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Pleasantville school official alleges reverse racism by school board January 31, 2007

Posted by C.A.R.D in Anti-White, Discriminate, Discrimination, Lawsuit, Pleasantville school, Racism, Racist, reverse racism, Van Syoc, White, Whites.

A longtime school district official is suing the Board of Education for alleged reverse discrimination, claiming the board puts race above qualifications in its hiring practices. Ben Mora, who is white, claims the board has “demonstrated a clear pattern of discrimination against Caucasians and in favor of minority candidates for key administrative positions over approximately the last 15 years,” according to the lawsuit filed last week.

Mora is currently the district’s director of funded programs.

“They’ve been looking past objective qualifications, including the minimum legal requirements, and hiring people who aren’t qualified for these positions based, apparently, on their skin color,” said Clifford Van Syoc, who is representing Mora. “It’s wrong. It’s unlawful.”

None of the past five superintendents has been white, and the district went 15 years before hiring a white candidate as a principal at any of its schools, the suit claims.

Board President Jayson Adams said he has not seen the suit, but defended the board’s hiring practices, saying there is no discrimination. “If there’s an accusation of reverse discrimination in the school district, overall the highest-paid administrators are not minorities,” he said.

It was not clear how that is the case. Three of the top four administrators in the district are black.

Mora, who has worked in the district for more than 36 years, served as acting assistant superintendent for several months in 1992 and as interim superintendent for five months in 1996.

He again assumed the duties during March 2006, when Superintendent Gail Brooks went on administrative leave after giving notice that she would resign later that year.

“Whenever they’re in a jam, they turn to (Mora),” Van Syoc said of the board.

At the March 14, 2006, meeting, longtime board member Doris Graves urged the board and audience to give Mora a standing ovation.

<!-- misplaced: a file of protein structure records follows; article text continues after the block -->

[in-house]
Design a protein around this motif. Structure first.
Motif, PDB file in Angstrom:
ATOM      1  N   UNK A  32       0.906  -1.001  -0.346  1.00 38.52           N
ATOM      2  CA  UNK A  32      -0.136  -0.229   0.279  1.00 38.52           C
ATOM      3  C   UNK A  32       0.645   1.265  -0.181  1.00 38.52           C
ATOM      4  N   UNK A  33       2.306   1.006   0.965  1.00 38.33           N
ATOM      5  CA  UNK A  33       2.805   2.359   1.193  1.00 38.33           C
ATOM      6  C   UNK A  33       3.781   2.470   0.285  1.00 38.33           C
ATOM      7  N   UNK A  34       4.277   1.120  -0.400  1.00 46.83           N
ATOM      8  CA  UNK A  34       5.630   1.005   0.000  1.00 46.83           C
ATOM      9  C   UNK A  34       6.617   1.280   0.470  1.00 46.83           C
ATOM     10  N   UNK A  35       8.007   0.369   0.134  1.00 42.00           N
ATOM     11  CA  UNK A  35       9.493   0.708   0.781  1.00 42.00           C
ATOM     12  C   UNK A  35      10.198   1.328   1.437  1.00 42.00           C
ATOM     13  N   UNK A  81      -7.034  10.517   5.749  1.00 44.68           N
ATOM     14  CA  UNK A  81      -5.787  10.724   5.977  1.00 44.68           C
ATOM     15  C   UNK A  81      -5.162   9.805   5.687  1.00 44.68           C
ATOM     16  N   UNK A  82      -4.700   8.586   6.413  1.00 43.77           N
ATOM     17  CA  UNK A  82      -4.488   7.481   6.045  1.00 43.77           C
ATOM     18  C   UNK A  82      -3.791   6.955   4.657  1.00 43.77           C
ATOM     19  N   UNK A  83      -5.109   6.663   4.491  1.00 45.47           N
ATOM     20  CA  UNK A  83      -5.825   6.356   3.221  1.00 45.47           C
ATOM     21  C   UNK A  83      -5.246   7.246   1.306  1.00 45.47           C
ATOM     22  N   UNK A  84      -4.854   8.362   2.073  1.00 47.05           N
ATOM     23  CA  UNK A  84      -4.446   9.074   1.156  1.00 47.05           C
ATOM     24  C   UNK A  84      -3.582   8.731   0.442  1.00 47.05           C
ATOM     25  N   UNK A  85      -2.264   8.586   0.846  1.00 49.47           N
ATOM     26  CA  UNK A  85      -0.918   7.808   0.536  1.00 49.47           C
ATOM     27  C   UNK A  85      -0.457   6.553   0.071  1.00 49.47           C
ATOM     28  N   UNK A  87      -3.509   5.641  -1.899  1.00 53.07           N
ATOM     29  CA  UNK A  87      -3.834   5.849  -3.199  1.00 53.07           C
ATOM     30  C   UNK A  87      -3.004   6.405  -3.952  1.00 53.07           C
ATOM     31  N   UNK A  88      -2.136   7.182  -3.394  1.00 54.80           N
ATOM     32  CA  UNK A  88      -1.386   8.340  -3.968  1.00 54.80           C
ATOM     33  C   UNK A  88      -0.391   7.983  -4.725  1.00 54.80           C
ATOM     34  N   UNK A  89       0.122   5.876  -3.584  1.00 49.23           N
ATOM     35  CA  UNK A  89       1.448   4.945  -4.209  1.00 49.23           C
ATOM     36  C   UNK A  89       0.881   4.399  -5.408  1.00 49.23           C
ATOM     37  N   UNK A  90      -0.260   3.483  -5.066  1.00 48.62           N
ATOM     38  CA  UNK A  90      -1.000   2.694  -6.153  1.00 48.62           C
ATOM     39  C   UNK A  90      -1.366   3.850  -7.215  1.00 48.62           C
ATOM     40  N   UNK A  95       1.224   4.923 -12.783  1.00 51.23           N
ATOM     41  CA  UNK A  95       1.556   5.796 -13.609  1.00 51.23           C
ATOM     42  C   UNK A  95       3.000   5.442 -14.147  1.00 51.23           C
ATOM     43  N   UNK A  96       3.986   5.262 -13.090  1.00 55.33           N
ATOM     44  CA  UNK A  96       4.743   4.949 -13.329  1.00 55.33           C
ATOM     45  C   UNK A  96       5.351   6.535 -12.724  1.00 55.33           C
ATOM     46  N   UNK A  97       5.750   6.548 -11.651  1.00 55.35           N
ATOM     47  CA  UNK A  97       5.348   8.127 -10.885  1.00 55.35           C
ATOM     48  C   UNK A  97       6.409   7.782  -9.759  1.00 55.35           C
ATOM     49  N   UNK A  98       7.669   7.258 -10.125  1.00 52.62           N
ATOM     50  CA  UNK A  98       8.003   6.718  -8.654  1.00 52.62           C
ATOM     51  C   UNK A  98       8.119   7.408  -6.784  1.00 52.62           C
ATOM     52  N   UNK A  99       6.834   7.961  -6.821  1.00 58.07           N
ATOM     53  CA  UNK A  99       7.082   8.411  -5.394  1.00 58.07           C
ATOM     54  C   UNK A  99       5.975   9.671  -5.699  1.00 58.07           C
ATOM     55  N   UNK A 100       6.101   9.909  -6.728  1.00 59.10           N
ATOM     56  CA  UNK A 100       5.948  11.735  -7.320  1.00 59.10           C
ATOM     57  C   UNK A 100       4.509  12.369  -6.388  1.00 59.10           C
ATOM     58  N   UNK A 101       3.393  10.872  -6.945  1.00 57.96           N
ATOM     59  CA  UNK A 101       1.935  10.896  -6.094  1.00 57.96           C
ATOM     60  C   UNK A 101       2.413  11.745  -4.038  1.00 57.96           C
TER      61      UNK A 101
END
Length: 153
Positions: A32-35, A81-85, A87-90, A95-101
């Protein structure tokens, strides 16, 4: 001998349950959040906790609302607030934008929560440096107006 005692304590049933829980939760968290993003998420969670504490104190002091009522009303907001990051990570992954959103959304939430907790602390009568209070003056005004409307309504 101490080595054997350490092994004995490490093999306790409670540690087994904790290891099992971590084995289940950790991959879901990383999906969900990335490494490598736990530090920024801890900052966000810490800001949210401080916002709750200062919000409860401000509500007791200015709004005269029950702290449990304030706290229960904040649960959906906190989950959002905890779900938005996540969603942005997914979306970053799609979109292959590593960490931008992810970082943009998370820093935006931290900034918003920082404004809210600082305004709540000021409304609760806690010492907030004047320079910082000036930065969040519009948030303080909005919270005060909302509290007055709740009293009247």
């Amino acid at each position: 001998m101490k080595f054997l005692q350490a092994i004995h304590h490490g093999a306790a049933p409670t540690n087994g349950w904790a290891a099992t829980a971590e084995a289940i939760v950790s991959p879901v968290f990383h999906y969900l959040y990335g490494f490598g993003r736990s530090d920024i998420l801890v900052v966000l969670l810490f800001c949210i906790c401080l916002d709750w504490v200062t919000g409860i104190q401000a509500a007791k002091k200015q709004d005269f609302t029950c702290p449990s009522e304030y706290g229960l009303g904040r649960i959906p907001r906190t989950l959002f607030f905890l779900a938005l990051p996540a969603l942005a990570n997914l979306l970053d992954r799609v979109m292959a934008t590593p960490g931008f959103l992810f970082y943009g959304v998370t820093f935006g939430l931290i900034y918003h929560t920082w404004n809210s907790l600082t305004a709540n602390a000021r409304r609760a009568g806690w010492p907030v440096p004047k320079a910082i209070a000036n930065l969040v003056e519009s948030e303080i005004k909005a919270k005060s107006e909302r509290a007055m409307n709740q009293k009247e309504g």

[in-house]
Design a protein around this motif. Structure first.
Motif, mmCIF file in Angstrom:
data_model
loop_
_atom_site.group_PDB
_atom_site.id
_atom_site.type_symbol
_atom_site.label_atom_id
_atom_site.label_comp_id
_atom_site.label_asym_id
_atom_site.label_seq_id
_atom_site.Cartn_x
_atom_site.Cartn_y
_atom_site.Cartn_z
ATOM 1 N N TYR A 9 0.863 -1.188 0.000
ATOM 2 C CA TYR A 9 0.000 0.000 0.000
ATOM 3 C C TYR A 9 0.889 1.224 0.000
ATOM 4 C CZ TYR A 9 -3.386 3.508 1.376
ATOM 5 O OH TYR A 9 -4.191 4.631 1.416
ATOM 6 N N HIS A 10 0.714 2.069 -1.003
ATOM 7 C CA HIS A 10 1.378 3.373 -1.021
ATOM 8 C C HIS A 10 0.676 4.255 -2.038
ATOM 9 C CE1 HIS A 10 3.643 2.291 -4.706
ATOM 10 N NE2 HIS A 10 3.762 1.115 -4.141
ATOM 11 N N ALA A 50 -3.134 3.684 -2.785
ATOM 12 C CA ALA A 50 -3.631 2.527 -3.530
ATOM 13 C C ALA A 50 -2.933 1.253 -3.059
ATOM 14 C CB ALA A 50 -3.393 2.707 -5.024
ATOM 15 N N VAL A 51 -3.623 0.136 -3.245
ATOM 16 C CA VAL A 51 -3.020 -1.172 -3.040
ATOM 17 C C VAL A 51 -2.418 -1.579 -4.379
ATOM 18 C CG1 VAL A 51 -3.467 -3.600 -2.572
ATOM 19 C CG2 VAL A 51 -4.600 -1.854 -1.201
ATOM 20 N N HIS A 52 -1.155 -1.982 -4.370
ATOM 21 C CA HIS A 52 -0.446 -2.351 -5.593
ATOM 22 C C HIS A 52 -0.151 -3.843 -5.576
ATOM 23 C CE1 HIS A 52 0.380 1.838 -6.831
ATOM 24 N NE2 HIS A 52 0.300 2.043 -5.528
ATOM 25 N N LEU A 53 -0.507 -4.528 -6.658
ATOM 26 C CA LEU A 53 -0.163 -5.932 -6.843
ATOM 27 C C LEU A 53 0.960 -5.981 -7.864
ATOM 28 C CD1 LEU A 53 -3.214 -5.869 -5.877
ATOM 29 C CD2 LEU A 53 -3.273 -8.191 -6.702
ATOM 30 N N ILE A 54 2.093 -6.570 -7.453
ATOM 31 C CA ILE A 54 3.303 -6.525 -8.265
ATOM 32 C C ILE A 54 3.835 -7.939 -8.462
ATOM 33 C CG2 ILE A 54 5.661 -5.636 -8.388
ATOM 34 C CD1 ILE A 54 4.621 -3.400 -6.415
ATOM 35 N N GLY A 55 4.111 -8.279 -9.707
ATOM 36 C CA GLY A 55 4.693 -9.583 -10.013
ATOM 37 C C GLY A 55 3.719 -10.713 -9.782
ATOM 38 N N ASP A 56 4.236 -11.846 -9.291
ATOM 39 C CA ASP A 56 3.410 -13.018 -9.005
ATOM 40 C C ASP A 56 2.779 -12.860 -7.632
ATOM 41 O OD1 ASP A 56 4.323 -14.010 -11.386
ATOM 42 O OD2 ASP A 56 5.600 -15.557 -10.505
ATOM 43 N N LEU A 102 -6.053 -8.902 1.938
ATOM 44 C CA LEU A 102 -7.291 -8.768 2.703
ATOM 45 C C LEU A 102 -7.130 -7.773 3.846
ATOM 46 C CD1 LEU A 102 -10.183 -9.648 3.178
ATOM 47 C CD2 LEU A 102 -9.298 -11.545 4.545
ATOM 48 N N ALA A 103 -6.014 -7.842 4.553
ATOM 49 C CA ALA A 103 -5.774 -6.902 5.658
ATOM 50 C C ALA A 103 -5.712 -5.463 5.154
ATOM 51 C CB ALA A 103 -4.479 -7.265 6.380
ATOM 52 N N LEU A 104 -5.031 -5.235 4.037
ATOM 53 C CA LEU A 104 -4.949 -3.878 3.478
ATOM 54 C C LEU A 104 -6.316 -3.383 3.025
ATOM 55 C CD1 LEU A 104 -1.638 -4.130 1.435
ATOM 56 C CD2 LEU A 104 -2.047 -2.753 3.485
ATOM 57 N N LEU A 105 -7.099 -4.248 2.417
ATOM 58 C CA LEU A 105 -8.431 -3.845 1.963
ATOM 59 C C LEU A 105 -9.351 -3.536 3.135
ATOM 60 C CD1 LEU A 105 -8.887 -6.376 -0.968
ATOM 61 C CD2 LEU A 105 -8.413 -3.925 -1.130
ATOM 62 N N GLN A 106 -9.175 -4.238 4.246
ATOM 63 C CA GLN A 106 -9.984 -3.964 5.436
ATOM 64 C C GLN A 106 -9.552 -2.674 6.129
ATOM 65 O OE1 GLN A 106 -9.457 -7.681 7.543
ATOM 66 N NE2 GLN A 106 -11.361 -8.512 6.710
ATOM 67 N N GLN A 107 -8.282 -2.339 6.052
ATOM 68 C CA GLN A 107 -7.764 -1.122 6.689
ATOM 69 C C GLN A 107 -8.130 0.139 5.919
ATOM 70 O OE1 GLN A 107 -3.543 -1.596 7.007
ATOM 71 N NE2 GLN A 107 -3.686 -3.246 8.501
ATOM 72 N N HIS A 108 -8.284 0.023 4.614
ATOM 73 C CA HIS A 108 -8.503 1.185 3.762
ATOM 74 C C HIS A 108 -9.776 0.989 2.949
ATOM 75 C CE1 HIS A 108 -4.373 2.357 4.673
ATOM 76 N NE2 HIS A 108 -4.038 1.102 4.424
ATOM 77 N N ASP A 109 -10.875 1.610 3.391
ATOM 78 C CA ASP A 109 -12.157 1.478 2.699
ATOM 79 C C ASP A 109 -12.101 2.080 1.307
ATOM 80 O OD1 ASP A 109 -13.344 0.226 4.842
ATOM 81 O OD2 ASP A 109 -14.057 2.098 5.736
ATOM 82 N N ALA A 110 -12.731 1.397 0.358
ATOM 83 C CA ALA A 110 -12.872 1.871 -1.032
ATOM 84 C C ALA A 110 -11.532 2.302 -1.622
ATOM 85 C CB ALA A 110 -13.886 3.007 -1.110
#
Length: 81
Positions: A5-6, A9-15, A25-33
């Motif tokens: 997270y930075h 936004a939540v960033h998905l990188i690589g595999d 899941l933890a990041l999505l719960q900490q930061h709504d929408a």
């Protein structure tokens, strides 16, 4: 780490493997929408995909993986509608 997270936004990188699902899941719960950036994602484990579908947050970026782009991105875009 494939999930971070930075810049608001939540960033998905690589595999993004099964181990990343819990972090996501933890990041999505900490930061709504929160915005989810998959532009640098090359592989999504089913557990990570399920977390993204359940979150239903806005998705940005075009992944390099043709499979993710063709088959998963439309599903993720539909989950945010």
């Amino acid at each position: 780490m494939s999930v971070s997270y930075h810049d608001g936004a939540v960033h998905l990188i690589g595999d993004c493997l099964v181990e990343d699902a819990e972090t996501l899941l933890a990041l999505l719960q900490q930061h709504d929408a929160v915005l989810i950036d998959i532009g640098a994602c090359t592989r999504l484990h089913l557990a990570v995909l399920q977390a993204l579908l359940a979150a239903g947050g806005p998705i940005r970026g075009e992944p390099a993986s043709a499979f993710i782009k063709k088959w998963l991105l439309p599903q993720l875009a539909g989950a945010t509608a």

“He has always been here for us, no matter what,” Graves said.

But when the district began looking for a new superintendent, Mora said he was again offered the interim position. Since he believed the district needed more stability, the suit says Mora proposed a three-year contract, but the board ignored his request.

The board instead appointed a black candidate, Clarence Alston, as interim superintendent. But, because Alston does not have the appropriate certification, the state instructed the board to either give Alston a contract, which would include two years under a mentor, or hire someone certified. Mora is one of three people within the district who is certified.

The board opted to stay with Alston. After a series of meetings, they signed him to a three-year contract, with Margate Superintendent Dominick Potena serving as his mentor. The mandated $2,500-per-year mentor’s salary is included in Alston’s contract, under state law.

The suit also claims discrimination against other white workers in the district, including filling two principal positions not from within, but with two less-qualified black candidates who had not interviewed with school-based interviewing teams. One of the jobs, for high school principal, was not even posted, according to the lawsuit.

“We wouldn’t be the least bit surprised if other folks make their own claims” of reverse discrimination, Van Syoc said.

“I can’t have a clear overall reaction until I at least see some documentation,” Adams said. “There’s no hidden agenda in regards to that matter.”

Board solicitor Raymond Hamlin said he had not yet received a copy of the lawsuit, so he could not comment.

CARD {Citizens Against Racism and Discrimination} Source: pressofatlanticcity.com

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